Autos

The Spider-Infested Mazdas Are Back


Photograph by Emanuele Biggi/FPLA/Minden Pictures

The Yellow Sac spider

Photograph by Emanuele Biggi/FPLA/Minden Pictures

For the first time in almost 10 years, General Motors (GM) mechanics today began fixing fatally flawed ignitions that have put the company in full-on crisis mode. But anyone who spends more than five minutes poring over the list of federal recalls could be forgiven for feeling a little skittish about stepping inside almost any model of car, let alone a horse-trailer (with notoriously sticky locks, according to the recall archives). The roster of occasionally catastrophic flaws is equal parts anxiety-inducing and absurdist. Just consider the latest warning from Mazda Motor (7261:JP): “Spiders may block fuel tank vent line.”

While a spider-infested car does seem problematic, the creepy factor isn’t the impetus for the recall. Attracted to the fuel, the spiders get into and block the fuel line, pressure builds, the tank starts leaking, and the gas catches on fire. In short, a bunch of baby spiders may literally blow up your Mazda. The company is recalling 42,000 vehicles to check for insects—all Mazda6 sedans built from 2009 to 2011—and this isn’t even the first time this problem has surfaced. After a 2011 recall of 52,000 vehicles, Mazda installed a special spider-blocking spring, but the little eight-eyed gas huffers found a way around it. Spiders 2, Mazda engineers 0.

The 2009 Mazda6Courtesy MazdaThe 2009 Mazda6

Mazda mechanics, meanwhile, are in an unenviable position. The creatures drawn to the cars are yellow-sac spiders, which are active hunters and account for more bites than any other arachnid, according to Michigan State University. The female yellow-sacs guard their nests aggressively and “have been observed crawling across the human skin surface and biting without provocation.” Mary Barra, GM’s chief executive, may have faced irate members of Congress, but at least she appears to be preside over a fleet free from human-biting spiders.

Here are a few other recall doozies from the past few weeks alone, each with a certain Poltergeist-like creepiness:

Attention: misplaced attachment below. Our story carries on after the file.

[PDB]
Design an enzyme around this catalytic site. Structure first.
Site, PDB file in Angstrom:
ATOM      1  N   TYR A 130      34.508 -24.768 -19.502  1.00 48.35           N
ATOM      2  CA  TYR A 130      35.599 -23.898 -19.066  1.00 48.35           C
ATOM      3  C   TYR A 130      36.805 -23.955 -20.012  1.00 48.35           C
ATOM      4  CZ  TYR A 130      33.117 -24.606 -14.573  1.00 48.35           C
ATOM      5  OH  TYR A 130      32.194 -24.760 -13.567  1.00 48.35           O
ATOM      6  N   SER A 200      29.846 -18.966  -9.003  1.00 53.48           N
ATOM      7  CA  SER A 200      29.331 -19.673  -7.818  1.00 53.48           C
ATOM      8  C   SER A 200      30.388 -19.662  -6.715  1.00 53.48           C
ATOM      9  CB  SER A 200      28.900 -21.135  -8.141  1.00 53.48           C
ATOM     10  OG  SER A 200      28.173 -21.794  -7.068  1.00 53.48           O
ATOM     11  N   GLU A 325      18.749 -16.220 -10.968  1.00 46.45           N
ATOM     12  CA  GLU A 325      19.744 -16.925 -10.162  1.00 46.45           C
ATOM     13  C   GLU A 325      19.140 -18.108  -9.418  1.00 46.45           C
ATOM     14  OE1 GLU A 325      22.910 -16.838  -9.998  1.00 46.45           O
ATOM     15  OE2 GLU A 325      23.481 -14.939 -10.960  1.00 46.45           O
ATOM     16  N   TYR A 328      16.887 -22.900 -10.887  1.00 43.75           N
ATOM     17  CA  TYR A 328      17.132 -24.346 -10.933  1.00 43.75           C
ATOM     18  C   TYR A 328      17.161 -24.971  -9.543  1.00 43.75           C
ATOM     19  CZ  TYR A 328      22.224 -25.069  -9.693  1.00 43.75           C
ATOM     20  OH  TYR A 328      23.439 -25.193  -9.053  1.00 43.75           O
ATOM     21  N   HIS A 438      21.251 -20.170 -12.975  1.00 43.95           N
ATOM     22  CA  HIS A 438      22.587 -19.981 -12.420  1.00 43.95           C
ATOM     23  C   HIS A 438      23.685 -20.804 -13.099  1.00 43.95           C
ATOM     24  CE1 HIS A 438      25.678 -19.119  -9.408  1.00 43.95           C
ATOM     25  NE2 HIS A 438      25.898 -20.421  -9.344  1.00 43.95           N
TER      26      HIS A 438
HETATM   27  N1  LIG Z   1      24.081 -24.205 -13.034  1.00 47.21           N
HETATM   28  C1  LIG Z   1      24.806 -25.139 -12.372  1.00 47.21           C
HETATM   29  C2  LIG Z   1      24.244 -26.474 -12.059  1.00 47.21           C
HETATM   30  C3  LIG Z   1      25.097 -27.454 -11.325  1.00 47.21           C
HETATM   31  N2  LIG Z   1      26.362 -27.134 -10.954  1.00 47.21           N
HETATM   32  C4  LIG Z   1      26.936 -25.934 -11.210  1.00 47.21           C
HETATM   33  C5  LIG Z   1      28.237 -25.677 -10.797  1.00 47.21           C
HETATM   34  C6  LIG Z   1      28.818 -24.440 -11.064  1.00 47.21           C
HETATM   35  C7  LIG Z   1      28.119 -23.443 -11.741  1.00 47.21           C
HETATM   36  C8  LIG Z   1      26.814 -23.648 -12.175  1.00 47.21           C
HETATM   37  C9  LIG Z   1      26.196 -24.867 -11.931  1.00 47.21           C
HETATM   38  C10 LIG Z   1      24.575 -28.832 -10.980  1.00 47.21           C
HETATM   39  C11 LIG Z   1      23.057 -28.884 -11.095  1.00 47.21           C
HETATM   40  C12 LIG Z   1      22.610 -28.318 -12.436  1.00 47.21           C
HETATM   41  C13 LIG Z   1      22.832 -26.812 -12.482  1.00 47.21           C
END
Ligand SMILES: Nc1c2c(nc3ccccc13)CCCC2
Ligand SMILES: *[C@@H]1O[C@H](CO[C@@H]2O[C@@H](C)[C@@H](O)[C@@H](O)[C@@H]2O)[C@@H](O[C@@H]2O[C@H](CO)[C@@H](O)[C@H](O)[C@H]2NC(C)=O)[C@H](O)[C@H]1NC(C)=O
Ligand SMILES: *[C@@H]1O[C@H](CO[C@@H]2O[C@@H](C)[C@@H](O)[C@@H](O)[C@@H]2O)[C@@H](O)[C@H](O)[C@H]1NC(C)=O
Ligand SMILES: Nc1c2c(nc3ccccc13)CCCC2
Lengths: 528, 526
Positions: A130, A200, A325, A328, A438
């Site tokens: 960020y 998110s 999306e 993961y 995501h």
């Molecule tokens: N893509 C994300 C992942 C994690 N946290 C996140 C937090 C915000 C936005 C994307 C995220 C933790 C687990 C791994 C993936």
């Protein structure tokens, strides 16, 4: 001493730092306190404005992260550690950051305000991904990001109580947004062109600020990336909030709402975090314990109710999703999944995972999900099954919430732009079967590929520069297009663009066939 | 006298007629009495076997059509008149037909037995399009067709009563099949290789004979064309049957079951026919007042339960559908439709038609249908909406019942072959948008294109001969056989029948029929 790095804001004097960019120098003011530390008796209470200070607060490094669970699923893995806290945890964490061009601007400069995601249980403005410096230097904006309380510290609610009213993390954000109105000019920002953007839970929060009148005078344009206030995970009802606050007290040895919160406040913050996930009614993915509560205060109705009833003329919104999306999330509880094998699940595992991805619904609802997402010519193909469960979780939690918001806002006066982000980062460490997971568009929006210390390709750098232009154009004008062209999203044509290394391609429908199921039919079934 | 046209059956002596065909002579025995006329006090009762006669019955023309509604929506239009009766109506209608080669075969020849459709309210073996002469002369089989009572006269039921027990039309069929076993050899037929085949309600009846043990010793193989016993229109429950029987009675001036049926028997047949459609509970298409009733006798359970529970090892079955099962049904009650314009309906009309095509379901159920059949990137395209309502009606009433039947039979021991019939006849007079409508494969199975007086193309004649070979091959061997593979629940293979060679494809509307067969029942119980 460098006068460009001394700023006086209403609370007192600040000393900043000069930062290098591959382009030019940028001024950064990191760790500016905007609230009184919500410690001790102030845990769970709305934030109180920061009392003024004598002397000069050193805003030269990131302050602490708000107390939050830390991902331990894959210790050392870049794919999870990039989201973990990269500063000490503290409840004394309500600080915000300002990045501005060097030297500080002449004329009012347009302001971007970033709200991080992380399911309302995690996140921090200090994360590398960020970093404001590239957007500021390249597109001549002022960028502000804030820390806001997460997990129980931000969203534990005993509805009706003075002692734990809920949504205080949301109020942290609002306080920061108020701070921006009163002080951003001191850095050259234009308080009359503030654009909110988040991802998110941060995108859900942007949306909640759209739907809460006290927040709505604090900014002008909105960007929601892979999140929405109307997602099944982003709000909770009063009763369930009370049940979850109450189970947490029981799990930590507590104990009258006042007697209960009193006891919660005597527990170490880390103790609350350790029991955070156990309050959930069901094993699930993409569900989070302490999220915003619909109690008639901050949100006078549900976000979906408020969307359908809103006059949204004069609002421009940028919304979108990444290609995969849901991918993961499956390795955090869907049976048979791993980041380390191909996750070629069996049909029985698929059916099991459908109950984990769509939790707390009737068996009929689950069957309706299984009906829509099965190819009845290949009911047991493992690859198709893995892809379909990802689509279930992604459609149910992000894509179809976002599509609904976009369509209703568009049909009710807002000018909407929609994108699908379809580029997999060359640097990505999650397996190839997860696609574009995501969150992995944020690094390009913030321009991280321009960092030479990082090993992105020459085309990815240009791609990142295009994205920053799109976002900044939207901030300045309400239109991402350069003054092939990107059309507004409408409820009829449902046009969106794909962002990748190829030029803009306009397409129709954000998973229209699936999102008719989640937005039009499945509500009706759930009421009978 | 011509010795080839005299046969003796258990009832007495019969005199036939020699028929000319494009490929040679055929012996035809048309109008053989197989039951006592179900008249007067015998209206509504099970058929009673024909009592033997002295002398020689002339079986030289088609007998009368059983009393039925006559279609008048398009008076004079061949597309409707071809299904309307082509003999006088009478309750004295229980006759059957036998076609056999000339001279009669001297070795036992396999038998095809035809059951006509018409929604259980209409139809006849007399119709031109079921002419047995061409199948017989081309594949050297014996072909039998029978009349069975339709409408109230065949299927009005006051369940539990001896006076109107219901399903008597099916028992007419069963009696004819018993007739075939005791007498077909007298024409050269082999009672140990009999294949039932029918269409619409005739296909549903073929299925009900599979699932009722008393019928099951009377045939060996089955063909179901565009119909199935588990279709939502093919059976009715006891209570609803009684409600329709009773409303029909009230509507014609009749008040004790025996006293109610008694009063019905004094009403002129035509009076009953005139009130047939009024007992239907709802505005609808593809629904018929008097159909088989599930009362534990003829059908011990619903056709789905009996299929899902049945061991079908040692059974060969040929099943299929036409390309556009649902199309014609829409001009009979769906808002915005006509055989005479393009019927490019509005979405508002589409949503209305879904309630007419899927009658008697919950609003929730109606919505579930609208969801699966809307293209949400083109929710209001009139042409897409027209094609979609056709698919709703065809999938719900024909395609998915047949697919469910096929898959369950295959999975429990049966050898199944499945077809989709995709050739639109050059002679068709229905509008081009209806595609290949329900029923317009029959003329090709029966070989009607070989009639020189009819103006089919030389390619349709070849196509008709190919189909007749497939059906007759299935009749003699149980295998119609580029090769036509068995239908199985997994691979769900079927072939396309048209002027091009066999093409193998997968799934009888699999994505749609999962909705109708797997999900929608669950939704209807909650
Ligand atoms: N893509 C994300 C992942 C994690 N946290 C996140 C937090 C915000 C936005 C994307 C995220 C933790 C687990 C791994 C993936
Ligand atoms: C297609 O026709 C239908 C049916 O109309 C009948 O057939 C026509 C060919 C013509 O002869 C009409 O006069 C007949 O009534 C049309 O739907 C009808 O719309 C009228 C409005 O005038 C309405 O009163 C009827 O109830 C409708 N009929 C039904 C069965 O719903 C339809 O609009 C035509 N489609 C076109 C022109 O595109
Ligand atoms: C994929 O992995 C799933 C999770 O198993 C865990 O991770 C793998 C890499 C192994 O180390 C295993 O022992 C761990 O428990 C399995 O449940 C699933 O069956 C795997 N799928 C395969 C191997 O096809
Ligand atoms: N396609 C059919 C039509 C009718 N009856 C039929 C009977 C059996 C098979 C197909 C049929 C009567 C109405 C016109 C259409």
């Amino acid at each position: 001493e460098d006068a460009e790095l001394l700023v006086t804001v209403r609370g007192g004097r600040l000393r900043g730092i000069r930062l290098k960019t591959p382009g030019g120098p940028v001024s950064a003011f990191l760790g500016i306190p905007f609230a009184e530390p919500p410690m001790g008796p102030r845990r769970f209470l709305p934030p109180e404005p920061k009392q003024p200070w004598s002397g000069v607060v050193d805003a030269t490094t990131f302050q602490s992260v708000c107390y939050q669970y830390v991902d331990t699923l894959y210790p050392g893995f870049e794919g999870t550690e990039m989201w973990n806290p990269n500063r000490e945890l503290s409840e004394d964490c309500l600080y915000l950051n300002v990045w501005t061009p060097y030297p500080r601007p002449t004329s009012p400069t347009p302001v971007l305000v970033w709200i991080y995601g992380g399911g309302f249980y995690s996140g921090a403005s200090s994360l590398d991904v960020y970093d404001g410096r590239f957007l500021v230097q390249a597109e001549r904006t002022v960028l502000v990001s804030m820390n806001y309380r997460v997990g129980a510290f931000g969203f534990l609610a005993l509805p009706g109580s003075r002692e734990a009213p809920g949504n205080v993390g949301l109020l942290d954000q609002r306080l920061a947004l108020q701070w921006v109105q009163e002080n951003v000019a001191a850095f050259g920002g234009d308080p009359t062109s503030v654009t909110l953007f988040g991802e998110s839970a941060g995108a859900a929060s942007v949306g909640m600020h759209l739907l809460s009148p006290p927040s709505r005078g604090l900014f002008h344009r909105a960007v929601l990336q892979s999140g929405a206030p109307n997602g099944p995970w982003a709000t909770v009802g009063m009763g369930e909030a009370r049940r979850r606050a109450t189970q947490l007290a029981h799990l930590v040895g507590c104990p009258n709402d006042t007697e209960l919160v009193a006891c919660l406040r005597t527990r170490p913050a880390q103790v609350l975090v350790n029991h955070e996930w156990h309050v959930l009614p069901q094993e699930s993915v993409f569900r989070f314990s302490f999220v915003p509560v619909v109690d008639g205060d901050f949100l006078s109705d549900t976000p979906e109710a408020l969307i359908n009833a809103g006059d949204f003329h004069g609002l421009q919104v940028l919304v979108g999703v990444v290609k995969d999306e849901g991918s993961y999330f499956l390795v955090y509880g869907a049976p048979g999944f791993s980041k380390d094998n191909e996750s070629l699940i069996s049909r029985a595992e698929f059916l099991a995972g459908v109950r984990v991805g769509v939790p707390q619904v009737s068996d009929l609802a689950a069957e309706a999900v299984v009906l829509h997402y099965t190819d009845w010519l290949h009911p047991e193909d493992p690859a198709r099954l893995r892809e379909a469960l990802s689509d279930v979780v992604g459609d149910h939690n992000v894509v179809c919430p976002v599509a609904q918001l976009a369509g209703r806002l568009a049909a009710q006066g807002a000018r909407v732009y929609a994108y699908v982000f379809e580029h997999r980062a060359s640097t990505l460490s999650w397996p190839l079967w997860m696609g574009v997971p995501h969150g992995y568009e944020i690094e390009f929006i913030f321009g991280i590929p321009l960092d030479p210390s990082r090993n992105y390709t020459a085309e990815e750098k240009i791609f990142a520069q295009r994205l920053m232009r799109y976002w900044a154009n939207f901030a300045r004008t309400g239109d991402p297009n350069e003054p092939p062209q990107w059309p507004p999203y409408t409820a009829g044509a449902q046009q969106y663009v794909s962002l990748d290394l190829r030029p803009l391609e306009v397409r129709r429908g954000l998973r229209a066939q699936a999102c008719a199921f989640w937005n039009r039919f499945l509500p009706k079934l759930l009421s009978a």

• March 27Toyota Motor (7203:JP) recalls 119,000 Avalons over short-circuits that may cause airbags to inadvertently deploy.

• March 4: Newmar recalls 700 RVs for microwaves that occasionally start on their own.

• March 4: Fiat (F:IM) recalls 18,100 500L models because “in certain temperatures” the shift level tended to have no effect—or worse yet—a delayed effect.

The issue at the heart of the GM crisis—vehicles shutting off or stalling in mid-drive, blamed for 13 deaths—is fairly common on the federal recall list. In February, BMW (BMW:GY) and Honda Motor (7267:JP) recalled 11,500 motorcycles for this very reason. In BMW’s case, the bikes had a tendency to take on water through the kickstand, swamping the engine. Honda, meanwhile, said its suspect motorcycles may have faulty bolts that could fall out of the engine and trigger a stall.

Recalls, meanwhile, are only the most extreme conclusion of the safety inquiry process. The federal National Highway Traffic Safety Administration has plenty of data on all the steps leading up to a formal recall, including its own inquiries. Here’s a fun exercise for safety fans. Pull up this database at NHTSA, punch in virtually any make and model of car, and take a peek at the “complaints” (which are probably lengthy). Worst-case scenario: You never drive again. Best-case scenario: Spiders are not involved.

Kyle-stock-190
Stock is an associate editor for Businessweek.com. Twitter: @kylestock

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